In this week’s CWS Market Review, we’ll take a closer look at what’s impacting the market right now. There’s a lot going on just below Wall Street’s radar. For example, the Japanese stock market is exciting for the first time in more than two decades. Implied volatility is also slowly creeping higher. I’ll also have more to say on the 2013 Buy List, which will go into effect on Wednesday. But first, let’s look at all the hot air about the Fiscal Cliff.

    Don’t Buy the Fiscal Cliff Hype

    I haven’t said much about the vastly over-hyped Fiscal Cliff story because I thought this was a distraction for investors. I still believe that today. The American people have just gone through a long election campaign, and I don’t believe they have much patience for a drawn-out battle over taxes.

    I haven’t addressed this phony issue in detail because I think it’s much ado about nothing. Or rather, it’s a great deal of bluster and posturing about nothing. The latest ruckus merely means that we might to have to wait until January for a compromise. Big deal.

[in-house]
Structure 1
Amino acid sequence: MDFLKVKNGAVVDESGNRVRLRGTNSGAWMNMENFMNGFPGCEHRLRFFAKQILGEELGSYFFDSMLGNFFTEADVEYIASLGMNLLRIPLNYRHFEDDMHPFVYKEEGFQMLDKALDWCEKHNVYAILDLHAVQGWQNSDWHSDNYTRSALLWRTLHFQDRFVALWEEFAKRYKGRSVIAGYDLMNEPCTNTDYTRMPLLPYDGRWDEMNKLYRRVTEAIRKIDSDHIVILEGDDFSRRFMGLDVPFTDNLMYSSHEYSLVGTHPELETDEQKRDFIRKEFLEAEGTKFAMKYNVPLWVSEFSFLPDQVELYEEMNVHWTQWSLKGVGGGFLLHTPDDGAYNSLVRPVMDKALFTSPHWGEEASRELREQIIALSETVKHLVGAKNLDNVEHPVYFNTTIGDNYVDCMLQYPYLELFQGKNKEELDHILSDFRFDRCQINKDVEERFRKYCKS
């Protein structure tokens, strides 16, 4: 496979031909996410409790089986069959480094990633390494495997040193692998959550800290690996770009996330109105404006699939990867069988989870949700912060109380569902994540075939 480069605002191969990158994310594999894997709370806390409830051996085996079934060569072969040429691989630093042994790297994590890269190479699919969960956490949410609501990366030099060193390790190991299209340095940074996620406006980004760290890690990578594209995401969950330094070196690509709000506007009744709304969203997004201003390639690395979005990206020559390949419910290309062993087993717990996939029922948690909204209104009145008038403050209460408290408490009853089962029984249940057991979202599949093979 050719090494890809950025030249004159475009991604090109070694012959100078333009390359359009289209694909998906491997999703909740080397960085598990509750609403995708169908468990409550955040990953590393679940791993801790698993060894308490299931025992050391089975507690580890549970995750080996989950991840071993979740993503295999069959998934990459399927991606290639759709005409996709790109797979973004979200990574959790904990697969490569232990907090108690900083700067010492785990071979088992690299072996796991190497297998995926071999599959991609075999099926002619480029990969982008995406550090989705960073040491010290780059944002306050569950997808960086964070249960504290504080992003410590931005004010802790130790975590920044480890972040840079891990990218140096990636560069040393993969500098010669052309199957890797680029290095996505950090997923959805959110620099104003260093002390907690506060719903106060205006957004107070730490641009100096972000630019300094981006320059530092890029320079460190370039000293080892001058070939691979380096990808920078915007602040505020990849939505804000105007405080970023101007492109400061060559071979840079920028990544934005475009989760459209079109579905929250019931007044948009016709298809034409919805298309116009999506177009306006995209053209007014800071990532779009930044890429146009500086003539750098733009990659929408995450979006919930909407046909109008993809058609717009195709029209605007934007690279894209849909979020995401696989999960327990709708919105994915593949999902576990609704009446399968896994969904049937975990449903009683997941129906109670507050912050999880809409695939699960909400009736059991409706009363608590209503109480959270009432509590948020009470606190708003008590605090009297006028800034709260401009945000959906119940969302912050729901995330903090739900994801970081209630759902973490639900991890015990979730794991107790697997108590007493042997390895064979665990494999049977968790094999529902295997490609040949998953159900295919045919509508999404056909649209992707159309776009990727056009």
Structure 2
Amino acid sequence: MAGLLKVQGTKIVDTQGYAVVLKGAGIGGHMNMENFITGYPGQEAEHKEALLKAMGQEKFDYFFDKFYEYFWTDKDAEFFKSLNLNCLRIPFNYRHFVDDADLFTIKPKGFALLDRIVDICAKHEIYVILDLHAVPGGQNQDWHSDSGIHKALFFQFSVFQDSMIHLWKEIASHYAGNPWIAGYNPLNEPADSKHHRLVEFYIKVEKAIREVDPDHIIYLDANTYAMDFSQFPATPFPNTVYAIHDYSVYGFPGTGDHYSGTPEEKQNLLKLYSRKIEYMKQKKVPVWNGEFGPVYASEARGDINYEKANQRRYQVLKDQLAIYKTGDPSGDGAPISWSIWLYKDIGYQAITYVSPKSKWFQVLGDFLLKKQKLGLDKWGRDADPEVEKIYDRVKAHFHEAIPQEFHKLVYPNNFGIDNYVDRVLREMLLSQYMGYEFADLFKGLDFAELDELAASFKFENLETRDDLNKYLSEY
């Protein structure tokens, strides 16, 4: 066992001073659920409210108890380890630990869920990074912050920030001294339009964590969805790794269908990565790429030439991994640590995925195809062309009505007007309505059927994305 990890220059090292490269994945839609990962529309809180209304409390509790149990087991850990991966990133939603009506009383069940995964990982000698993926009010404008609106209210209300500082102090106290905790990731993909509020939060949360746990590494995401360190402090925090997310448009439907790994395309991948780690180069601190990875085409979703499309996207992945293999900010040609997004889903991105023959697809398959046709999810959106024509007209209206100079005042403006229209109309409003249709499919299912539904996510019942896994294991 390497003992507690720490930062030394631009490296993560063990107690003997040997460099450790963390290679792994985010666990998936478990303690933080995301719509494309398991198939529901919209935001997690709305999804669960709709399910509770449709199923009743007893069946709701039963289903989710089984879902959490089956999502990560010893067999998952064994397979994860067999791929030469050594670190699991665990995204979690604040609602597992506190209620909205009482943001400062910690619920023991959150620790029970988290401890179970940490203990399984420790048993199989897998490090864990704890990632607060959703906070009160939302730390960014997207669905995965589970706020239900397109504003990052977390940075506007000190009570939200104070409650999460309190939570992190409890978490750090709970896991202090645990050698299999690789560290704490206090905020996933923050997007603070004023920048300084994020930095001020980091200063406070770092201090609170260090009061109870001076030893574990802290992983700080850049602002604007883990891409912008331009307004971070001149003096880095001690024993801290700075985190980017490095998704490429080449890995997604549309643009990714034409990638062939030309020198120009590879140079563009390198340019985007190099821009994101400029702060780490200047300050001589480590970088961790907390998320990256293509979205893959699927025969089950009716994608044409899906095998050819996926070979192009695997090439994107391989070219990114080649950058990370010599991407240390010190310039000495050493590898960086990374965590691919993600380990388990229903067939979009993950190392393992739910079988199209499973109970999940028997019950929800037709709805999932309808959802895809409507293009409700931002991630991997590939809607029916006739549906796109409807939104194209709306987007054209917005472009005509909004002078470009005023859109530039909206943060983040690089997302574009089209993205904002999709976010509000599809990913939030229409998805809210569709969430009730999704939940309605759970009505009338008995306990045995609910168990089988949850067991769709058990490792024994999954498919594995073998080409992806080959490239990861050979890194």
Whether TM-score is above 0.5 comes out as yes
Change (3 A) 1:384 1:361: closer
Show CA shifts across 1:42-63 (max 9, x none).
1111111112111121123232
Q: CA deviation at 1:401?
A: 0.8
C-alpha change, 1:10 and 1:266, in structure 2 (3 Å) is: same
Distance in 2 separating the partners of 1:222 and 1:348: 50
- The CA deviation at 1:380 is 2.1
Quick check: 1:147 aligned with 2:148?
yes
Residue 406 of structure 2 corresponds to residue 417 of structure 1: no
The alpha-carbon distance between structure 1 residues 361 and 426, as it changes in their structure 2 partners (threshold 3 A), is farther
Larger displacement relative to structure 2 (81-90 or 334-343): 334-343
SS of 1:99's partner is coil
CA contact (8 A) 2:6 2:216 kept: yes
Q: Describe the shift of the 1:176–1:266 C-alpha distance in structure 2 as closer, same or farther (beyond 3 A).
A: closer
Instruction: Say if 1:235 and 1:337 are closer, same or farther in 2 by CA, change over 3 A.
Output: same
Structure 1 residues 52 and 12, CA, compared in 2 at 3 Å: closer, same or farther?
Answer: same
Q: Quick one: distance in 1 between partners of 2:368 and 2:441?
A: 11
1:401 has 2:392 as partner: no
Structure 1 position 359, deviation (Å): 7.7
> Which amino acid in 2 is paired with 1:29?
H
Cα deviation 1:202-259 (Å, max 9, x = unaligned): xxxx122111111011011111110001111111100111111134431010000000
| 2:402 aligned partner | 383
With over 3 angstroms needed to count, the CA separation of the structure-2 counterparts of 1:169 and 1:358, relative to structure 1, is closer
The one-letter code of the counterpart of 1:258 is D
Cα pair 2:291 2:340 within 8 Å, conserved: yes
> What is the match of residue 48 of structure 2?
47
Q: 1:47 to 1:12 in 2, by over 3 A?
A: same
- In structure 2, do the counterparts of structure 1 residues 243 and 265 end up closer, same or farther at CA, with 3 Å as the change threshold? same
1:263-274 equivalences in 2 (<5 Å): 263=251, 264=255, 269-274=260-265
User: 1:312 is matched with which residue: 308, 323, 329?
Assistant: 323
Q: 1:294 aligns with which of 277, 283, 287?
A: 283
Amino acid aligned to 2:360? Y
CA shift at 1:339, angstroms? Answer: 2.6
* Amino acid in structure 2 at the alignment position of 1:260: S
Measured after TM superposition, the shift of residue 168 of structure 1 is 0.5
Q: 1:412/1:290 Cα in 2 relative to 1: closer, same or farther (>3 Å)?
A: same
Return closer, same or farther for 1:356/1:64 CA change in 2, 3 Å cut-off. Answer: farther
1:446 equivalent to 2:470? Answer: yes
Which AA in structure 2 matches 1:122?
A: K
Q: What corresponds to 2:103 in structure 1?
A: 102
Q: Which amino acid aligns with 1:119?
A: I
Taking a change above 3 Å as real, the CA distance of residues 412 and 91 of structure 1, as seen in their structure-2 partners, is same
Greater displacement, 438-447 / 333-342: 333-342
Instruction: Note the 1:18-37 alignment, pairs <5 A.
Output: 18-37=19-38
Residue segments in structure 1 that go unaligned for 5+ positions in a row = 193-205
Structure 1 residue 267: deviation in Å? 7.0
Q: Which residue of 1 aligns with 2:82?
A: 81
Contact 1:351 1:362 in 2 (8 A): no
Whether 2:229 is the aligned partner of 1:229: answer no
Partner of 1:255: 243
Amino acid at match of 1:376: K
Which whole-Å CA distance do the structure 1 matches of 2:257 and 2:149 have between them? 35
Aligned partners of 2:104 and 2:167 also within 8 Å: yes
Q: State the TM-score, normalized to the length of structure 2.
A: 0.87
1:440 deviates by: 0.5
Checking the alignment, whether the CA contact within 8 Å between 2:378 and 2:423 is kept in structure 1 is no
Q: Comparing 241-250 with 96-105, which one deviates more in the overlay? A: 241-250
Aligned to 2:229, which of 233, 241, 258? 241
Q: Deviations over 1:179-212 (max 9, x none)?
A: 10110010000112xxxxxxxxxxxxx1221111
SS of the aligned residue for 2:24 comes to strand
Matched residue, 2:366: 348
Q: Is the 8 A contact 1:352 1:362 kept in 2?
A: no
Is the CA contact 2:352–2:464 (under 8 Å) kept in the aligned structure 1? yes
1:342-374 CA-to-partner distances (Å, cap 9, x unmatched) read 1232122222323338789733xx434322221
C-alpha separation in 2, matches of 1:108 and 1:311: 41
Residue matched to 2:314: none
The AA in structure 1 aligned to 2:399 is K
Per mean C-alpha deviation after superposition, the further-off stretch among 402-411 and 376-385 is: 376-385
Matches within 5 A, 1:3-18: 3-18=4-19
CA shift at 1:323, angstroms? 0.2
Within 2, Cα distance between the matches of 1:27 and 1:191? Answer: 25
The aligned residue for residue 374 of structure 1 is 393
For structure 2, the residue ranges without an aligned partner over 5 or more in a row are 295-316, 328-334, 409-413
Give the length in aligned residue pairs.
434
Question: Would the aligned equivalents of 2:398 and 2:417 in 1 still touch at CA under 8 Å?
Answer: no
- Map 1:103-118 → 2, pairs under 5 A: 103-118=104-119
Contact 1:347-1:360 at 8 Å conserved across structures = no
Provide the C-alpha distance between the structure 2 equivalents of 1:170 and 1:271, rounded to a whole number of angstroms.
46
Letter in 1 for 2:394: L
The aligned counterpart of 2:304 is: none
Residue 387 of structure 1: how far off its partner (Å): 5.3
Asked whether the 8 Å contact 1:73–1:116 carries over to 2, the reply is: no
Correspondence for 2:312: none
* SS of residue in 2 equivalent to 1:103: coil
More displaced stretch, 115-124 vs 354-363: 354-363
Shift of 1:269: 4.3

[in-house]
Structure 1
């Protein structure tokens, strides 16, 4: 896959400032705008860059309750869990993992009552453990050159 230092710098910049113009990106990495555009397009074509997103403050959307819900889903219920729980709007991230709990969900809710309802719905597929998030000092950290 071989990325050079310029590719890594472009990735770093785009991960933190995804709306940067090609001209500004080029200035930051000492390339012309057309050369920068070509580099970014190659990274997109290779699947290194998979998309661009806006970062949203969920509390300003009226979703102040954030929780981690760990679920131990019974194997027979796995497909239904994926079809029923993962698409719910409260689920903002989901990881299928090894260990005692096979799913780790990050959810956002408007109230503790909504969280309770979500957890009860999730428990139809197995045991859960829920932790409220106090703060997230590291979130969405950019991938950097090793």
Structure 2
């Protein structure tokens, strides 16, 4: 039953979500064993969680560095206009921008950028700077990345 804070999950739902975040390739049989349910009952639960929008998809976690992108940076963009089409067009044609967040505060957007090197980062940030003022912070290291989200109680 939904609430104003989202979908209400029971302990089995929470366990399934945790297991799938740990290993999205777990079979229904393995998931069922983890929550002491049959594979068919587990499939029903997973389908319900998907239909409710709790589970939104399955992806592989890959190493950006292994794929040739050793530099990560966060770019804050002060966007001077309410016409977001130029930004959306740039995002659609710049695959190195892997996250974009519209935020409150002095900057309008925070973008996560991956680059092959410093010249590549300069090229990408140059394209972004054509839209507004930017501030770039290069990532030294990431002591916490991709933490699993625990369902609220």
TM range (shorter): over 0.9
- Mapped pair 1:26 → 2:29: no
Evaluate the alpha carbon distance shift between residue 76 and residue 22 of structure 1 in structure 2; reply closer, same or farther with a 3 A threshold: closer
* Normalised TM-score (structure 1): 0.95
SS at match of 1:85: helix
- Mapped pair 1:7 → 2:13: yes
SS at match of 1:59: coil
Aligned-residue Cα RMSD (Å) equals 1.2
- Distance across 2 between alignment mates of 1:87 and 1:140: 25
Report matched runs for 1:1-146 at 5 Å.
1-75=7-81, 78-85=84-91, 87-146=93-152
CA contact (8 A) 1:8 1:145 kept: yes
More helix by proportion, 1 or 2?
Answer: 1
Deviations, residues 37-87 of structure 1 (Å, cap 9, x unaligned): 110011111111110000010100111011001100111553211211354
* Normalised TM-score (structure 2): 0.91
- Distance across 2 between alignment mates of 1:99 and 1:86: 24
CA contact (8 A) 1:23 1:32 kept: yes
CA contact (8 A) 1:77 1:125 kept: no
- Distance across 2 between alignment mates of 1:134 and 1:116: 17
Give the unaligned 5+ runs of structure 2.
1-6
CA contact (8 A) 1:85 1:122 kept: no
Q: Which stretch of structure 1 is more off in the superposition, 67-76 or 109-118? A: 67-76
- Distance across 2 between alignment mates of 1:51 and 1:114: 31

Let’s be clear about the facts—there’s no point of no return. None at all. It’s really more of a fiscal slope than a cliff. Waiting a few days into January isn’t going to push us into a recession, a fact which ought to put to rest the silly notion of a Fiscal Cliff. And I won’t even go into those absurd countdown clocks on CNBC. I suspect that Fiscal Cliff worries are harming consumer confidence somewhat, but that’s about it. Ideally, I wish we had a better-functioning political system that avoided such theatrics, but unfortunately we don’t.

    As I mentioned before, the latest news is that House Speaker John Boehner will convene the House of Representatives for a special session this Sunday. Just that announcement caused the S&P 500 to leap 15 points in a single hour late Thursday. That should tell you that the market wants this nonsense resolved. I should caution investors to expect, before this mess ends, one or two days with sharp drop-offs (but no more than 2%) as the political players try to sway the markets to their side. We all know how the market loves to be the drama queen.